No preview · Article · Jul 2014 · Acta Odontologica Scandinavica
  • Source
    [Show abstract] [Hide abstract]
    ABSTRACT: Background: Molar Incisor Hypomineralisation (MIH) and Deciduous Molar Hypomineralisation (DMH) are frequently occurring dental problems in children. Children with MIH have demarcated opacities in their erupting first permanent molars often in combination with demarcated opacities in their permanent incisors. Children with DMH have comparable demarcated opacities in their second primary molars. The hypomineralised enamel contains less mineral, often resulting in an easy post eruptive enamel loss with rapid caries progression. Results: The prevalence of MIH and DMH varies between birth-years and countries and even between cities. The most recent prevalence of MIH in Germany is 9.9 %, the prevalence of DMH has not been described yet in Germany. The aetiology of MIH and DMH is still unclear. Many possible determinants have been described in literature. The determinants for DMH can be found earlier in life than the determinants for MIH, but they show overlap. This can be related to the dental development. Children with DMH have an increased risk of having MIH. Conclusion: Early diagnosis of DMH and MIH is important, so extra attention can be paid to these children by dentists and their team in the period of eruption of the second primary molars and first permanent molars.
    Full-text · Article · Jan 2012 · Oralprophylaxe und Kinderzahnheilkunde
  • Source
    [Show abstract] [Hide abstract]
    ABSTRACT: The aim of the study was to examine the aetiological factors involved in the development of molar incisor hypomineralisation (MIH). The study population comprised 4,049 children (2,029 girls, 2020 boys) aged 7-12 years. Children were examined for MIH in the school environment. Putative aetiological factors were evaluated using a questionnaire sent to children's families. The questionnaire included questions on prenatal, perinatal, and postnatal systemic conditions. Multivariate analysis was performed using multiple logistic regression, and Pearson's Chi-square test was used to evaluate nominal or ordinal variables with Fisher's exact test used in cases of small sample sizes. A level of p < 0.05 was considered statistically significant. MIH was observed in 7.7 % of the study population. A total of 3,827 completed questionnaires were returned, yielding a response rate of 95.3 %. MIH was found to be associated with prematurity (7 %), gastrointestinal problems (3.9 %), pneumonia (6.3 %), frequent fever (26.1 %), measles (14.7 %), and chickenpox (29.3 %) before age 4 years. Prevalence did not vary significantly between girls and boys (p > 0.05). Prematurity, gastrointestinal problems, pneumonia, frequent high fever, measles, and chickenpox before age 4 years were found to be significantly related with MIH (p < 0.05). The aetiology of MIH is not clear yet, and the results of this study support the results of previous studies regarding the putative causal effect of several factors.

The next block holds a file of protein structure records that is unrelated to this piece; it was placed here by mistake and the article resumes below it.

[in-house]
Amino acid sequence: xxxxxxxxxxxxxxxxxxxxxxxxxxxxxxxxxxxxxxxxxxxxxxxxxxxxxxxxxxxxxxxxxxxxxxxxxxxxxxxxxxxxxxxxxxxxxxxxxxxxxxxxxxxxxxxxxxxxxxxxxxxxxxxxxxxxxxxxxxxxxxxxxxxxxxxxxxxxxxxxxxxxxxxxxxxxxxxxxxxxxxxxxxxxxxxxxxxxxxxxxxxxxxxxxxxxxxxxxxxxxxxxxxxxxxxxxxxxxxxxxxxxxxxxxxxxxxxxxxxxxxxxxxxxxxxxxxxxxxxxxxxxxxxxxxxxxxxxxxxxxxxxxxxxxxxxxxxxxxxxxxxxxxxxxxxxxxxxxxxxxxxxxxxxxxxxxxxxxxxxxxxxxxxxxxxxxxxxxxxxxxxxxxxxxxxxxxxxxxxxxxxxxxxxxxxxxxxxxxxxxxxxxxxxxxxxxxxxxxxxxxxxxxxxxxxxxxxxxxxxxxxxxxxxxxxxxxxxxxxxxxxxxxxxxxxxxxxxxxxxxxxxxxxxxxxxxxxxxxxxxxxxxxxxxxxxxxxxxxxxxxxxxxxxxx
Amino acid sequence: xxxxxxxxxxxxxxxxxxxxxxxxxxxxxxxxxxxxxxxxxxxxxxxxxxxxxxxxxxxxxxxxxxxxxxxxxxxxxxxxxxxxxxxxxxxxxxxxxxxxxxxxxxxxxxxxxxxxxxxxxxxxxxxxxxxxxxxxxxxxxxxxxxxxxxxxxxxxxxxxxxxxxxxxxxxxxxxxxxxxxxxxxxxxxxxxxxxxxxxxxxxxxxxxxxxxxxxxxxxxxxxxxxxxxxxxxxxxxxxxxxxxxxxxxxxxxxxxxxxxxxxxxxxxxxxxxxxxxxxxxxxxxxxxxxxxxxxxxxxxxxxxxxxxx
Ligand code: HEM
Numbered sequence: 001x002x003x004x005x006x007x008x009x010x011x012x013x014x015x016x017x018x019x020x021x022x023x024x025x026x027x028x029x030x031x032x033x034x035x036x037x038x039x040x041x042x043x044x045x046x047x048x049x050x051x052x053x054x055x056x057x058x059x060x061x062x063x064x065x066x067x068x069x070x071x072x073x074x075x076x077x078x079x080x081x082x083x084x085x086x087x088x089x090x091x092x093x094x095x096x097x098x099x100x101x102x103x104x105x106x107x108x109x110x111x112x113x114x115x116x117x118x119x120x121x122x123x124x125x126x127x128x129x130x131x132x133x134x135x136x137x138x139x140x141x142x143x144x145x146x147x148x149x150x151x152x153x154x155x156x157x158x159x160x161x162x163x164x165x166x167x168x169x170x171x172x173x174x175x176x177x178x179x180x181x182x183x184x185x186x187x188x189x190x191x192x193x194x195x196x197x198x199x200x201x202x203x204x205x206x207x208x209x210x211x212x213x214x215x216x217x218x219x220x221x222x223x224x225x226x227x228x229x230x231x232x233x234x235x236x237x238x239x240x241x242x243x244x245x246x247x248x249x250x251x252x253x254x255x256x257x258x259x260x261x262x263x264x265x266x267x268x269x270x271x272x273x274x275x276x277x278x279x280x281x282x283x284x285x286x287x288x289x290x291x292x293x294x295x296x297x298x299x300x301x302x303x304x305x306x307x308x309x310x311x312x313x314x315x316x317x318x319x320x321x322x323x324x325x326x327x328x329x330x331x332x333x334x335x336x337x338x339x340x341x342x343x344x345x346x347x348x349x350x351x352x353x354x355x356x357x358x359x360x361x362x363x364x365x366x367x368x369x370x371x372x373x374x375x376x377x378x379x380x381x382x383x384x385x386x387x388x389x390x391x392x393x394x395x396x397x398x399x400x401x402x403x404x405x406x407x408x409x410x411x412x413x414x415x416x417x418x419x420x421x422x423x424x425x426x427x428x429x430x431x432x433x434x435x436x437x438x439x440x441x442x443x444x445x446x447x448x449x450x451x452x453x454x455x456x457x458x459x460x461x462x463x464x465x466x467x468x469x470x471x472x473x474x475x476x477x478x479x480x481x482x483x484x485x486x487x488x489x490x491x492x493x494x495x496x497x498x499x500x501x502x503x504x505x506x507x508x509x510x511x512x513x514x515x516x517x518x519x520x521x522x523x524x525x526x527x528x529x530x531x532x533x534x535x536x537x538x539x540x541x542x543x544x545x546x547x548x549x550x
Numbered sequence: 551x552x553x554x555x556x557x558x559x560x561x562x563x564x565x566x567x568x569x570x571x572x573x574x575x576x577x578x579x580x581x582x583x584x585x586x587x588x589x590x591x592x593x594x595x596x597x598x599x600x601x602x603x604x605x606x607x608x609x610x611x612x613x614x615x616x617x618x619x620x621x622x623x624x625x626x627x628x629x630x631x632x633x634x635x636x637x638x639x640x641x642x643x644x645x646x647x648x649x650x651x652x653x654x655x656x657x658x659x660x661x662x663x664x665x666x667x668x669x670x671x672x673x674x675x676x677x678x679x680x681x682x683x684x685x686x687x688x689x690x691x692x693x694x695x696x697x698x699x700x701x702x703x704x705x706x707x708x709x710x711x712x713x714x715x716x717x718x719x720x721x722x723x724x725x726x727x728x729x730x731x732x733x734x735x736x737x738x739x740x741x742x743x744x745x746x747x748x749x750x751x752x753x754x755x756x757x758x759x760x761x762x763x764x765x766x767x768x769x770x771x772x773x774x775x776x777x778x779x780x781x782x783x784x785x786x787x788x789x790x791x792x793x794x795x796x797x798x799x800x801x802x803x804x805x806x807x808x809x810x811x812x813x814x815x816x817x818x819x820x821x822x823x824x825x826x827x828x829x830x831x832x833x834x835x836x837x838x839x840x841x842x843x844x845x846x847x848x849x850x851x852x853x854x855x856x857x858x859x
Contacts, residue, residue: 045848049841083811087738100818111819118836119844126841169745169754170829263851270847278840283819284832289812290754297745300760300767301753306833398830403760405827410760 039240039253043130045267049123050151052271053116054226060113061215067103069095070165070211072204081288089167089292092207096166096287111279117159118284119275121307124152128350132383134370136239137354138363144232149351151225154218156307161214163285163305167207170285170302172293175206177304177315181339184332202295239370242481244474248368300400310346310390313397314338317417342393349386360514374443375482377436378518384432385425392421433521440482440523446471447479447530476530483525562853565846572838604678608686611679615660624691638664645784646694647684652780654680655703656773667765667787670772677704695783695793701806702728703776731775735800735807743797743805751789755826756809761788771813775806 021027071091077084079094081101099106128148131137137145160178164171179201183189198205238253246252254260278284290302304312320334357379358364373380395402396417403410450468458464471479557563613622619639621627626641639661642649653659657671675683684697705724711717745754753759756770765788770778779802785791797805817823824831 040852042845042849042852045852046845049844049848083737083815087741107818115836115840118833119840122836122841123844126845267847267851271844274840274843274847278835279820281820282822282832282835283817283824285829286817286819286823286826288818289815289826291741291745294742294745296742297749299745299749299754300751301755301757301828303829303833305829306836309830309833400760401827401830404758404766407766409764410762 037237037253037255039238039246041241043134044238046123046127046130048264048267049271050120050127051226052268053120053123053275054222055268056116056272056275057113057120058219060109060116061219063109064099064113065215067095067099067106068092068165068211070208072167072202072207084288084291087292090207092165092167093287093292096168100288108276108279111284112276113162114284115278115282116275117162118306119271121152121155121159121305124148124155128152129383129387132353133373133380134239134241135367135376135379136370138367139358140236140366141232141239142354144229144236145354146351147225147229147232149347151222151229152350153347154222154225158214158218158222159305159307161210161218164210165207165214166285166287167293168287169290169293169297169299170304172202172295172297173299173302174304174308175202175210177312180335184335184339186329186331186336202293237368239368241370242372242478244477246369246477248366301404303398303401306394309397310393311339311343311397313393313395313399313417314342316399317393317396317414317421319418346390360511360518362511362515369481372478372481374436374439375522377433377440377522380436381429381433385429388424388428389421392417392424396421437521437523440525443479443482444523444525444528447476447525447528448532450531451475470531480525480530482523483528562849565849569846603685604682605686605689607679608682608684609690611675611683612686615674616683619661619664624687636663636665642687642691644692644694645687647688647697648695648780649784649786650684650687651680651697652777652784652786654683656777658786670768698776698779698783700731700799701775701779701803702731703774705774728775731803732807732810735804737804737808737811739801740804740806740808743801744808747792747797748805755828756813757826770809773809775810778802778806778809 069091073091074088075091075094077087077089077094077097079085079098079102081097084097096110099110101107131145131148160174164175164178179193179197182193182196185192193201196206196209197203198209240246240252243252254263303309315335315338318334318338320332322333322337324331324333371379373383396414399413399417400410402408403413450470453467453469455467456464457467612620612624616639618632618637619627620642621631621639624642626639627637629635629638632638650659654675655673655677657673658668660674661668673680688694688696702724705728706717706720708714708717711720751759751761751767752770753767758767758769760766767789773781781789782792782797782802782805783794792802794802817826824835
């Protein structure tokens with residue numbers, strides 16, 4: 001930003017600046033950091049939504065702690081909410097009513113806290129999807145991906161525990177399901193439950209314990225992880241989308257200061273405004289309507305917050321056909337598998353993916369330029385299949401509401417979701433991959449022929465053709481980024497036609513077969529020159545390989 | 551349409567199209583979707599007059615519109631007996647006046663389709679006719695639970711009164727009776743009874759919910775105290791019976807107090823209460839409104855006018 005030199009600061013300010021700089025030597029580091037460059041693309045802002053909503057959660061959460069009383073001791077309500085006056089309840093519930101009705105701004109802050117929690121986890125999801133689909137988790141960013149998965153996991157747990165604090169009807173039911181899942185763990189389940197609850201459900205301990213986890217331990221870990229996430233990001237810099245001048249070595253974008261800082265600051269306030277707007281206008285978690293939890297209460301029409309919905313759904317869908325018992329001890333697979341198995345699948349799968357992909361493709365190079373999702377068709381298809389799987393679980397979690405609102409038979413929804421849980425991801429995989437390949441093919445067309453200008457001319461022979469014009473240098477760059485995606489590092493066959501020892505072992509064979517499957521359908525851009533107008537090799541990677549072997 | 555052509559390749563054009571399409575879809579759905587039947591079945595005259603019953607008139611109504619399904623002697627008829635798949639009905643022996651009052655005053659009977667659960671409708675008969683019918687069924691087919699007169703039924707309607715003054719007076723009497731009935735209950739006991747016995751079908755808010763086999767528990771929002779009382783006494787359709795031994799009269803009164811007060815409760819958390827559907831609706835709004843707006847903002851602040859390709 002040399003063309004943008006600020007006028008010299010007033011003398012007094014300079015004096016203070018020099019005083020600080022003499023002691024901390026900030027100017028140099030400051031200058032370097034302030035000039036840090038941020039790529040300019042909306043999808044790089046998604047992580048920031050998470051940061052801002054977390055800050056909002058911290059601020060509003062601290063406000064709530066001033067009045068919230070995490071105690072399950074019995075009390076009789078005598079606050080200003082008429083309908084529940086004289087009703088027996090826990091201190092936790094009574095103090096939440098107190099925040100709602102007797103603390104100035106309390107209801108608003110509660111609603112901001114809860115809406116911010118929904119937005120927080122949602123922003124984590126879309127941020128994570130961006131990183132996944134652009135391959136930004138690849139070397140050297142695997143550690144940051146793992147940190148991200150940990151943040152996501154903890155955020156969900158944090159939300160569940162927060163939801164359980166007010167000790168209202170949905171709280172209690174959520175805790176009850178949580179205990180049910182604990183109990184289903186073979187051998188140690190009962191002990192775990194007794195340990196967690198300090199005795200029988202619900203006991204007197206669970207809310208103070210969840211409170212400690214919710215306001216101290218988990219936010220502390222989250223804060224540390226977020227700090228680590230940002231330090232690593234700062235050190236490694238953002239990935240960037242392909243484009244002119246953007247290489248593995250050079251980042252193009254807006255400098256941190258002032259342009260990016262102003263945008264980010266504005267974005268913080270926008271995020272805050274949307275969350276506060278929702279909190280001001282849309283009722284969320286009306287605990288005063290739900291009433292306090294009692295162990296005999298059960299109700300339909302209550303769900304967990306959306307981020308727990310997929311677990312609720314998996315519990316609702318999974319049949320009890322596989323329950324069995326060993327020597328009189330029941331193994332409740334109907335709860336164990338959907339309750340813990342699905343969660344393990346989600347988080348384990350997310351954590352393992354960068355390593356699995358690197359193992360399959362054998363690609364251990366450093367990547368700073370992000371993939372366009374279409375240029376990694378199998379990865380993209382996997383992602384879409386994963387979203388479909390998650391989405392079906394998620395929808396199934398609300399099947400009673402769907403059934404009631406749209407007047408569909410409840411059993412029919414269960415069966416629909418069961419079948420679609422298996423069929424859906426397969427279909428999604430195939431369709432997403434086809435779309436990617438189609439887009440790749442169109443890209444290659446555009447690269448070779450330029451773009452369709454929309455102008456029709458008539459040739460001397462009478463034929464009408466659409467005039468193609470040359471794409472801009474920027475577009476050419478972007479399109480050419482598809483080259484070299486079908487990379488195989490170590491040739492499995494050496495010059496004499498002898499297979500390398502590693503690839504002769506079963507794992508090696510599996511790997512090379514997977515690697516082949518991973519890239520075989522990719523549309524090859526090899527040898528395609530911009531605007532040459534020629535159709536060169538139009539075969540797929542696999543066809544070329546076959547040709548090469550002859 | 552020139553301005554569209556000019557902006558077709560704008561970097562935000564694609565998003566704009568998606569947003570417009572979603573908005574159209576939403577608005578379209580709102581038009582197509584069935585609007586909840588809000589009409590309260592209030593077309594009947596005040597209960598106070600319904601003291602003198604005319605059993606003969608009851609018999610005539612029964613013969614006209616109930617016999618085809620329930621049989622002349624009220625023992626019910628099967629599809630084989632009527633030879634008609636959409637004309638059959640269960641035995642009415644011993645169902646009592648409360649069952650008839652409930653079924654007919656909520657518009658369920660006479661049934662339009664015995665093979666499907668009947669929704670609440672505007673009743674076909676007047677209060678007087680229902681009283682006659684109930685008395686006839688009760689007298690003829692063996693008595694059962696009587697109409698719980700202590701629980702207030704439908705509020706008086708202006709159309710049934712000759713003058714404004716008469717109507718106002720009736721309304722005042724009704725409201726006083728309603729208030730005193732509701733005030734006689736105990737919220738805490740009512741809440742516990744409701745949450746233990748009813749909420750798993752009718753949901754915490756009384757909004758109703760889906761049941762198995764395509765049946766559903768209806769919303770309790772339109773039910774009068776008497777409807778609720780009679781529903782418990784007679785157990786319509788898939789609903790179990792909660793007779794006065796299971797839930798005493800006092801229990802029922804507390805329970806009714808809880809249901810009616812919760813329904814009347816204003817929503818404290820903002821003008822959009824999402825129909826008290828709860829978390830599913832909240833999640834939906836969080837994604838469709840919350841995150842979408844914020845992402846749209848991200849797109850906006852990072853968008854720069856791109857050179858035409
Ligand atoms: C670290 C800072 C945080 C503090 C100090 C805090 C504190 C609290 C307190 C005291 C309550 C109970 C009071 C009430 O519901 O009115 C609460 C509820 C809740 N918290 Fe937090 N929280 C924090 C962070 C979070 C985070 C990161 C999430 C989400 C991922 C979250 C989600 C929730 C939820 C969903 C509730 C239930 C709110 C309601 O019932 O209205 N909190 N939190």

Full-text · Article · Jul 2013 · European Archives of Paediatric Dentistry. Official Journal of the European Academy of Paediatric Dentistry.
Show more